Jadasea on Sad Raps, Getting Robbed in Barcelona, and the South London Sound

Jadasea on Sad Raps, Getting Robbed in Barcelona, and the South London Sound

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I was really knocked out by Peckham rapper Jadasea's The Corner Vol. 1 last year, a collaboration with NYC beatmaker Laron. His latest record, Too Many Tears, came out last Friday; it's largely self-produced and sounds excellent. I got Jadasea (real name Jack D'Cruz) on the horn a few weeks ago to talk it all out, including his early days as part of the Sub Luna City collective with King Krule's Archy Marshall.

How's it going today?
It's going good, bro. I just got to my studio, so I'm just easing in for the day. About to get into some work after this.

Where is your studio space?
Peckham, in South London. We literally got the studio this week, so it's quite a big deal for us. It's literally around the corner from where I grew up, so it's pretty perfect, man.

What was your recording setup like before?
Just at the crib, bro. Just my computer and a sound card and a mic. We would get a studio every now and then, but I've never really been a studio artist. I've always just done the crib stuff. But I'm getting older, so the whole idea of a workspace is making more sense.

How old are you now?
I just turned 29 last week.

Happy belated birthday.
Thank you, bro. 

What'd you do for your birthday?
I actually didn't do anything. I just got back from the tour with MIKE.  We finished the tour and then went to Paris for a couple of weeks. Then we went to Marseille for a week for a little holiday at the end. I literally just got back.

How was the tour?
Bro, it was amazing. This is maybe the fifth tour me and MIKE have done together over here. We've been doing it for a minute, and this one was—not, like, a full circle, but kind of like a full circle. I was like, "This is really making sense now." All the shows were sold out, bar maybe one or two. It's just a lot of love, man—a lot of good energy, and it's a good thing to be part of.

MIKE also exudes a certain energy that people pick up on. It's always good vibes. It's never, like, that classic rap shit of "Put your fucking hands up." That shit is kind of corny now. He's doing it the right way, to be honest.

Tell me about your approach to performing live.
As a kid, I was quite shy and socially anxious. Even my mom says to me that the fact that I do this as a job is nuts. No one would've seen this coming. But my live approach has not always been that thought-out, and now I'm trying to think about it.

I've seen my friends perform who do this as a full living, and if you perform a lot, you have to separate your energy. You kind of have to become an actor. I've been doing this music thing with Archy since the beginning, and he's got a mad stage persona. That's my best friend, but if I look at him when he's on stage, like, that's not Arch. That's King Krule—whatever character that he made up. I see that with a lot of people whose shows I enjoy, so I'm trying to grasp that a bit more.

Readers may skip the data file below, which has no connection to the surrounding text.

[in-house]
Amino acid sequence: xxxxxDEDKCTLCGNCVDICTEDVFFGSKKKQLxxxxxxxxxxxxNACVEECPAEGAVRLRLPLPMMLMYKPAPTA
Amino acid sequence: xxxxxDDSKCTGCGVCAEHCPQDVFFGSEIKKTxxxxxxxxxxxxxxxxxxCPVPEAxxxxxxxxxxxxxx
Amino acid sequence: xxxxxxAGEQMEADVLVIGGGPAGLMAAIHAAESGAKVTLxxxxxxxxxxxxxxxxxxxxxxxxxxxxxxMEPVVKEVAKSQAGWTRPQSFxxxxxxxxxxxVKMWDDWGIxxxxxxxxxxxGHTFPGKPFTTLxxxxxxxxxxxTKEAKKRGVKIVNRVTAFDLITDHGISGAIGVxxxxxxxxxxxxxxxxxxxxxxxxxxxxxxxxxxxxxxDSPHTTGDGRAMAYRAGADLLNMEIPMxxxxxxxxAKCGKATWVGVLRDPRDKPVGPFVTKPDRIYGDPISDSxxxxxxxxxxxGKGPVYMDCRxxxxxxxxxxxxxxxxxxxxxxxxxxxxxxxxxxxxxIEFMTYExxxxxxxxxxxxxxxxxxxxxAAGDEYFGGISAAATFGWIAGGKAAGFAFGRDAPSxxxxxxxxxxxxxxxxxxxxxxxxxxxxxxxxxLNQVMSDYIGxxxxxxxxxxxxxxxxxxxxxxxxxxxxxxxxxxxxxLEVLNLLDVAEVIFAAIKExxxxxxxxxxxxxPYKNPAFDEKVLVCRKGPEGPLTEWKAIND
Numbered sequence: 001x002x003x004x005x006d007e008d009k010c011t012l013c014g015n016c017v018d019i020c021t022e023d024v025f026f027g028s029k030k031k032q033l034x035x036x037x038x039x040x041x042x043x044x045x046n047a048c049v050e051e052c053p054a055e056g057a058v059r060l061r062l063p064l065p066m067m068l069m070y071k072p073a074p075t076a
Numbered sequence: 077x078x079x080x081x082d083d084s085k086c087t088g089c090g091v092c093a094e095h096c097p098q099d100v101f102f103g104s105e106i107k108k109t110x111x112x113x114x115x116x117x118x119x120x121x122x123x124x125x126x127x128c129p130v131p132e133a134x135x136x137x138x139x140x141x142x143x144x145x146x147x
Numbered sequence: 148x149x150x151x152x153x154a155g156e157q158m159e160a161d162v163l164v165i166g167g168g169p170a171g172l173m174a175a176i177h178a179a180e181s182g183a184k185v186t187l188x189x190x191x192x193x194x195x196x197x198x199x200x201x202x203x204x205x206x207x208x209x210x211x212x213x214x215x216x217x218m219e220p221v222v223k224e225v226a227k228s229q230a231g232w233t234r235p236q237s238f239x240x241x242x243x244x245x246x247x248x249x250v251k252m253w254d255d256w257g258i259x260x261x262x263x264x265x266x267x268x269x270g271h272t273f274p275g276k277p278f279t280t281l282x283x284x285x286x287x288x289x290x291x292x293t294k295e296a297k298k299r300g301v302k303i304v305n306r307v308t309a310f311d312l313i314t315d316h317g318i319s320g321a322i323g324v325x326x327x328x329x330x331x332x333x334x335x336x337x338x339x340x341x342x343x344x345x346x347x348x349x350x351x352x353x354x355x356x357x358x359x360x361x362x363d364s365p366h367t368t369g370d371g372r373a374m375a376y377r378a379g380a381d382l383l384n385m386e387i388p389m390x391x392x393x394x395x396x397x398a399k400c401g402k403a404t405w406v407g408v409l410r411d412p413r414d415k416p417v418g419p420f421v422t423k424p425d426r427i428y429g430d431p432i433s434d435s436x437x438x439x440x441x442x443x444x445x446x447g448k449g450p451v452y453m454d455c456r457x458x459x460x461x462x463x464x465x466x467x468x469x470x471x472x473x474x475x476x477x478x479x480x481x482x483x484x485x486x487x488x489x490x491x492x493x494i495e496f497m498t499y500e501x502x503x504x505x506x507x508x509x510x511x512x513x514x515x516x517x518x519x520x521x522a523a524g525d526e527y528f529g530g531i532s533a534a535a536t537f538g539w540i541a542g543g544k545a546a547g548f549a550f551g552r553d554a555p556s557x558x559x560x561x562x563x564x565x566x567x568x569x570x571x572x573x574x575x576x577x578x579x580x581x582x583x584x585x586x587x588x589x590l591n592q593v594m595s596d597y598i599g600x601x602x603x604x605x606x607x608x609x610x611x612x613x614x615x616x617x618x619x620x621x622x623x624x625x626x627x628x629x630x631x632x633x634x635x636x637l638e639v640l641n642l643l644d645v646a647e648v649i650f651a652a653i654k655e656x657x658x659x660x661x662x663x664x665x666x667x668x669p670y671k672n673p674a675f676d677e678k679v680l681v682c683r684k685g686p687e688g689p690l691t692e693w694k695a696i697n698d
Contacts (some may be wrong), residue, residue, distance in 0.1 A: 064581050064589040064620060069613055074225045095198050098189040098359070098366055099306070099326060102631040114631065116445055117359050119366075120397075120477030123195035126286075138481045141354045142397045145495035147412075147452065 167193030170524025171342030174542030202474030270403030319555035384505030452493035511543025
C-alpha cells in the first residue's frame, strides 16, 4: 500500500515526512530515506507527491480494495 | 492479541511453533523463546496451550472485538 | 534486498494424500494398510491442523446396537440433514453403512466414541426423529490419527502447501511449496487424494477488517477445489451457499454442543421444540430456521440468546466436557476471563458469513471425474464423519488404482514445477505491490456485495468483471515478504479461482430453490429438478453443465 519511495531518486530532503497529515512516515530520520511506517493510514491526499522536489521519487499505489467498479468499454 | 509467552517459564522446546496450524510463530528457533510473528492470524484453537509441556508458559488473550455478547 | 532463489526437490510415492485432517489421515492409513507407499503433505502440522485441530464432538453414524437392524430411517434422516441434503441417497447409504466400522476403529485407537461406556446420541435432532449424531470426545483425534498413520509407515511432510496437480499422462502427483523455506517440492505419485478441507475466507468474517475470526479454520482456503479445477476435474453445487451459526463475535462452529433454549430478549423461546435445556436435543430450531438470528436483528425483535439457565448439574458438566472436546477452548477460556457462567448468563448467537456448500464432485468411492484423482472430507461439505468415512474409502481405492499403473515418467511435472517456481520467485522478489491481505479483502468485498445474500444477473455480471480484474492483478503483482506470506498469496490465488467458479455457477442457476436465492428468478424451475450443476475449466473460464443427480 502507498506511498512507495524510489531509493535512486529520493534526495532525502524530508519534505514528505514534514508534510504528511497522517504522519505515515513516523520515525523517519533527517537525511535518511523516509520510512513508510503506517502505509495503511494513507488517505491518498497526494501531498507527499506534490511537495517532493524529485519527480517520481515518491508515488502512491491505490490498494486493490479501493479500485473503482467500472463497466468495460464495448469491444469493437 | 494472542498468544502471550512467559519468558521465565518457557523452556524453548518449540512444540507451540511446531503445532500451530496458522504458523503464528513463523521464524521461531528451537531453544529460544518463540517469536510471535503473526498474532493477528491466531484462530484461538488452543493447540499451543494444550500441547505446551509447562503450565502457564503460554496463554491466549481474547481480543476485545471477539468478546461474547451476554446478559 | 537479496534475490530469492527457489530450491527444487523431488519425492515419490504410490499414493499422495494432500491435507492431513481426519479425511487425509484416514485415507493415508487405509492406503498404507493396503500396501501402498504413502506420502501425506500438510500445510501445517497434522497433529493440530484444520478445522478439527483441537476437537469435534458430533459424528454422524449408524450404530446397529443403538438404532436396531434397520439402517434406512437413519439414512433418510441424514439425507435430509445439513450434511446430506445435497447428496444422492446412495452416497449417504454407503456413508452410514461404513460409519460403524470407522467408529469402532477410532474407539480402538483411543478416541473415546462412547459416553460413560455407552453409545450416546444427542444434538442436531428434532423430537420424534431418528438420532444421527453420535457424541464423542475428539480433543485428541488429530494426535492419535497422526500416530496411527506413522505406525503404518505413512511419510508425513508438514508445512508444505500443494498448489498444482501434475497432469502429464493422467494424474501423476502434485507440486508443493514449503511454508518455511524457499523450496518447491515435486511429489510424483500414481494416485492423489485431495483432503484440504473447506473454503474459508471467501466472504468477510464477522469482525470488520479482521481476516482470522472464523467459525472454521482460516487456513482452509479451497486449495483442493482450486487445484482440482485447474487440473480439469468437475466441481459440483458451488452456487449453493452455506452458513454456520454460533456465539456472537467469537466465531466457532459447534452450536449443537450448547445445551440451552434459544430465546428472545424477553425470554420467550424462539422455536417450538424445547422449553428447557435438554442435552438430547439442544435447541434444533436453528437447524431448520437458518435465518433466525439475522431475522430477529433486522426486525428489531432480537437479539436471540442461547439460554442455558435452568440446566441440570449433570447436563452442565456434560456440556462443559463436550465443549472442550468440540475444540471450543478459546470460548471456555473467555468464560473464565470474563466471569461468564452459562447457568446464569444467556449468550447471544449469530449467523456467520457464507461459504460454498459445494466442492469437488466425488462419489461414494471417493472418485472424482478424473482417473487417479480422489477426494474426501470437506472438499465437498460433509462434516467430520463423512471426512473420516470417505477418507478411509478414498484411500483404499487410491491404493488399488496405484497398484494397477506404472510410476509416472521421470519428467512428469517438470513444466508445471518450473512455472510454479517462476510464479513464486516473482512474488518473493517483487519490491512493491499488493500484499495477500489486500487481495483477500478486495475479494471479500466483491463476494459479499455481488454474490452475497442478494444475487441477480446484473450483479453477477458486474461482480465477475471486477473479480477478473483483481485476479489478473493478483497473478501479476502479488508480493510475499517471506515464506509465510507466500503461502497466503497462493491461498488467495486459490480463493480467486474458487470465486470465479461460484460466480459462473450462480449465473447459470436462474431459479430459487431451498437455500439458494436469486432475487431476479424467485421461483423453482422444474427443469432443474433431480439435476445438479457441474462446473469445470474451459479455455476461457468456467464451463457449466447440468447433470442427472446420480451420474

I've been playing lots of shows throughout my career, but it's never been mad consistent. One year I do ten or twelve shows, and the next year I do two. I've never been rehearsing, so I'm now trying to take it a bit more seriously.

What was the first concert you ever saw?
I feel like I've been around live music because my family fuck with music a lot. I'm pretty sure we would have seen some shit. But I'm actually trying to think...I saw Odd Future when I was 15. That was the first thing I'd gone to myself. Before that, I don't even know.

Tell me about the impression Odd Future made on you as a young person.
Oh, bro, a huge impression— seeing kids doing their own shit and being themselves. I guess it's quite a cliché, but at that time, it was a big fucking revelation to me. Quite quickly, I started rapping after that. Mainly, it was just representation. They had that weirdo energy or whatever. I was fucking with that shit because I wasn't seeing that. I was trying to be like them because they're from thousands of miles away—a completely new, different place. 

But it was the energy of Ratking and Wiki too, and all the underground shows I've ever been to. By the time I saw them, the Odd Future shit was already kind of big—they were already doin Brixton Academy. But underground shit like Wiki really fucking got my cogs turning. I give a lot to Earl and Wiki for being my peers—but, also, when I didn't know them, as soon as I heard their shit, it was clicking in my brain. I can't really say that for too many people.

You mentioned being around music a lot with your family—tell me more about that.
My pops used to be a house DJ, and he used to run a music publication—like, the first hip-hop magazine in the UK. It was called Touch Magazine. It's a dead publication, but it was sick. We all got copies at the crib, and they're mad funny. They had crazy people in there—Snoop, Beyoncé. These were the times where hip-hop over here was really just growing and starting out. We're not 10 years behind America in terms of hip-hop, but we're just a smaller place, so it took us longer to develop, I think. So when those people were coming here in the '90s, I don't think they were as big as they were in America.